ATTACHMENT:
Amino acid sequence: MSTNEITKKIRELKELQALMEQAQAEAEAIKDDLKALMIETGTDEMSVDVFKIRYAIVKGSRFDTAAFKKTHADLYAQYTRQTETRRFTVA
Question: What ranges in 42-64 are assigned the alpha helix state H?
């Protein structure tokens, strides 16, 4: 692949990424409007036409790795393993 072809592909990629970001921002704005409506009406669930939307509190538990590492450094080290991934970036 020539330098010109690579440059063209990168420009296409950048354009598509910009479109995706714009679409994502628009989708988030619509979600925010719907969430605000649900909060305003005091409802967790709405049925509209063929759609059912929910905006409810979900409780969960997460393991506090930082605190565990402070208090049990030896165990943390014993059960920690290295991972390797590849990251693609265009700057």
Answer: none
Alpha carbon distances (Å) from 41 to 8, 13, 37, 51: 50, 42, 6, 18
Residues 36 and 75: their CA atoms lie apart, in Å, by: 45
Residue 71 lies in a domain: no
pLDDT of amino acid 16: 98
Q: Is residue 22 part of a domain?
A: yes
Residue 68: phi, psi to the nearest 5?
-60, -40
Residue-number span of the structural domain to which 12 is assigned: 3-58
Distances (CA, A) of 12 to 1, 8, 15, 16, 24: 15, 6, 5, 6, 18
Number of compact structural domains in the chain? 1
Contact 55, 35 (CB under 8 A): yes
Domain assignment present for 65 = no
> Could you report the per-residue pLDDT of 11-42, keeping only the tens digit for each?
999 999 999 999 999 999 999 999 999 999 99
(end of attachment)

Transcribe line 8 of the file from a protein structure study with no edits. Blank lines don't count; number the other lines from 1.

pLDDT of amino acid 16: 98